Hundreds of years ago when the Melanau nobles from Mukah died, the bodies would be placed in a burial pole known as the kelidieng or jerunei.
Moving the kelidieng has never been an easy task as it requires a Shaman to perform specific ritual ceremony.
“In the past, the Melanaus would drill two or three holes in the middle of the keliding, which was made of mature large belian wood,” said Kumpulan Gadeng Teruna Desa Melanau leader Morshidi @ Han Bakri, who was involved in the operation of moving a 200-year-old kelidieng from Sekama to the new museum complex in September last year.
“The hole at the bottom and middle is to place the body of the deceased and his valuables while the hole at the top is for the servant or anyone who has been chosen by the deceased while he is alive.
“In the old days, the funeral procession would be done by the Melanau Pagan. However, it is no longer practiced (by the Melanau community) since the existence of religious beliefs,” said the 67-year-old man.
Speaking on his experience with kelidieng, Morshidi, who is also Kampung Sungai Ud village head, explained that after the kelidieng transfer process was completed, a girl came to him in his dreams who had asked about her clothes.
“The girl, who turned her back on me, told me “miak angai ako, gaanlah bajau ko, ako debei bajau” (I feel very embarrassed, where is my cloth, I am not wearing a cloth).
“As soon as I woke up, I immediately informed the shaman about the dream.
“According to the shaman, the kelidieng, who has the spirit of the Melanau woman, felt ashamed because she was not well covered.
“Since she had only been covered with a carpet before, therefore, the shaman ordered that the kelidieng should be wrapped in a yellow cloth,” he said, adding that after the dream, he felt scared every time he went to sleep.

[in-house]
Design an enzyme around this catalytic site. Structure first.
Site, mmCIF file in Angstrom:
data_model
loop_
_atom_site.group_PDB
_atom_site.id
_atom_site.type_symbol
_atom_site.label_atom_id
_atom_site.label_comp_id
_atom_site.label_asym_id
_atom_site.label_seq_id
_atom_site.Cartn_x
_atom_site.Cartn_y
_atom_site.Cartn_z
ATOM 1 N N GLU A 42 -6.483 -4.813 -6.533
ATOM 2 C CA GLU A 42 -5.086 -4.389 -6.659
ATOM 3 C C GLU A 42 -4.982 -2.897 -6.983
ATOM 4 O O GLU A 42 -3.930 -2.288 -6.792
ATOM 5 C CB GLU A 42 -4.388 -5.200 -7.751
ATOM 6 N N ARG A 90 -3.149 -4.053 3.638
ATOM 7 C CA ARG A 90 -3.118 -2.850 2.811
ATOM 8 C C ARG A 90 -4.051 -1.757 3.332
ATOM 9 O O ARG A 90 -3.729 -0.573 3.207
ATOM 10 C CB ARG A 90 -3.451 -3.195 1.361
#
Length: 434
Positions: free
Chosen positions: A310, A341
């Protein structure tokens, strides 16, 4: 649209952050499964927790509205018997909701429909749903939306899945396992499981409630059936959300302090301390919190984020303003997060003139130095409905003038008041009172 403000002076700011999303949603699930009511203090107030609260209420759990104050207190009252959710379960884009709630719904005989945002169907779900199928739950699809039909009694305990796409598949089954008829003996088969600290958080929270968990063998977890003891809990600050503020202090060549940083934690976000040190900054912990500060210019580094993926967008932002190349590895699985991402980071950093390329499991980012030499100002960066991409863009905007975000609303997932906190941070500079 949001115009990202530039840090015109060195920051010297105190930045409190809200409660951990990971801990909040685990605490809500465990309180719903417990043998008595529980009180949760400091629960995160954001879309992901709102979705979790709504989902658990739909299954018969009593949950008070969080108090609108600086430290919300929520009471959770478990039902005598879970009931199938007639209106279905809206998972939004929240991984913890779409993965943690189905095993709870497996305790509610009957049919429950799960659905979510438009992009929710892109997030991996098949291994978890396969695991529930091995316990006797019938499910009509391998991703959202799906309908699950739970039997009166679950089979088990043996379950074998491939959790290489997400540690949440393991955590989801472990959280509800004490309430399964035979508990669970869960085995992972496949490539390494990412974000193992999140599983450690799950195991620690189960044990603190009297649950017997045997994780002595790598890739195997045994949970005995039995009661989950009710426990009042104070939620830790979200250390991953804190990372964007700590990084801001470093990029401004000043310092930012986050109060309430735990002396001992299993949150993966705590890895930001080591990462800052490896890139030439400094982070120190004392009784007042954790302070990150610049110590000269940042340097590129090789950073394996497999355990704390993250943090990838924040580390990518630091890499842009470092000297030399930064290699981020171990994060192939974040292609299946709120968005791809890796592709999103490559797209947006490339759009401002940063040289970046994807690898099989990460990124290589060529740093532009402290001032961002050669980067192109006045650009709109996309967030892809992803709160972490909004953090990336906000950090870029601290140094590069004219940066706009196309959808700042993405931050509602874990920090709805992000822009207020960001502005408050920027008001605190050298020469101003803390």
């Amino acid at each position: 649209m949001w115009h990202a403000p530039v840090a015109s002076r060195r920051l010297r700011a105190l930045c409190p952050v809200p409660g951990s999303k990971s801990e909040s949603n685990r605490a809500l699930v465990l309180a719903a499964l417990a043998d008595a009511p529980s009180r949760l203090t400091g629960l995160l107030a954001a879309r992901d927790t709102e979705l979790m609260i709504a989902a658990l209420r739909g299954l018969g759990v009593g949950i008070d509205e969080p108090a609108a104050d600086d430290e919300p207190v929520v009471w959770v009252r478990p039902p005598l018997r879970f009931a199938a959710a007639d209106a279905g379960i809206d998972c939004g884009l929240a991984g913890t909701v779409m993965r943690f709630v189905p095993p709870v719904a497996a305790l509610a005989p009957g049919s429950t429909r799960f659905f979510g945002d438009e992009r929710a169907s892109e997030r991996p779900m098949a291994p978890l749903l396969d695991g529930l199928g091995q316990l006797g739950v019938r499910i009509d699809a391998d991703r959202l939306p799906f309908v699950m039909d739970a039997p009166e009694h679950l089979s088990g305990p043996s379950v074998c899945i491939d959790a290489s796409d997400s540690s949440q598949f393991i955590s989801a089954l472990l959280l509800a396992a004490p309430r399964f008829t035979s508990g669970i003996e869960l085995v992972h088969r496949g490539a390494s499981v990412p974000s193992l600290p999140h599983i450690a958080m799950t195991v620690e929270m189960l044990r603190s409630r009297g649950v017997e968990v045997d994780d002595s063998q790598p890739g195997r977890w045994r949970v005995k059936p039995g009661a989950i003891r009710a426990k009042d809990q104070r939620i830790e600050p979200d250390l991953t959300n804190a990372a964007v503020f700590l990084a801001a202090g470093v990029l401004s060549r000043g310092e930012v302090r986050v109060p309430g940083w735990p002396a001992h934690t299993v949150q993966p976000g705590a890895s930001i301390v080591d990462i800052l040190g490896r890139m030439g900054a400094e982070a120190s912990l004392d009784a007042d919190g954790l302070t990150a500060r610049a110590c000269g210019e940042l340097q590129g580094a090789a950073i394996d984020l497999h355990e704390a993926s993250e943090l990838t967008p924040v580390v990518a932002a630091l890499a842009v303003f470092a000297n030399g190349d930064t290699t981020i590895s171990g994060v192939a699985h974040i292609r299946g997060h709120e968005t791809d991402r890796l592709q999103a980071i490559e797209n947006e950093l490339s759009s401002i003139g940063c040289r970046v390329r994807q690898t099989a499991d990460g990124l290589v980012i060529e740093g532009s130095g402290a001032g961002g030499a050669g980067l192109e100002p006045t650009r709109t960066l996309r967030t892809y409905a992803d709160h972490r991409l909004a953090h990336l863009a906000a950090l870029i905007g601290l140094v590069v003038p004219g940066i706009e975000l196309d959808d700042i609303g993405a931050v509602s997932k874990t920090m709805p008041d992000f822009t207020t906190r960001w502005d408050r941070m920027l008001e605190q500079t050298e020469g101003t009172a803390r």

Apart from that, he said while moving the kelidieng from Sekama to the new museum complex, he and his friend seemed to see the kelidieng as if it had ‘revived’ while they were playing musical instruments throughout the ceremony.
Further elaborating, the Kampung Sungai Ud village head stated that while in the lorry, they had witnessed the kelidieng moving left and right slowly (as if dancing) when they stopped playing musical instruments.
“We were all amazed but we kept playing our musical instruments until the transfer process was complete,” Morshidi explained.
Meanwhile, Tourism, Arts and Culture Minister Datuk Abdul Karim Rahman Hamzah, who was also present during the ceremony, said the kelidieng will be displayed in the permanent exhibition gallery on Level 3 at the new Sarawak Museum.
He also stated that the kelidieng was shipped from Dalat, Mukah to the Sarawak Museum in 1962. However, due to museum renovations, it was temporarily kept in storage in Sekama.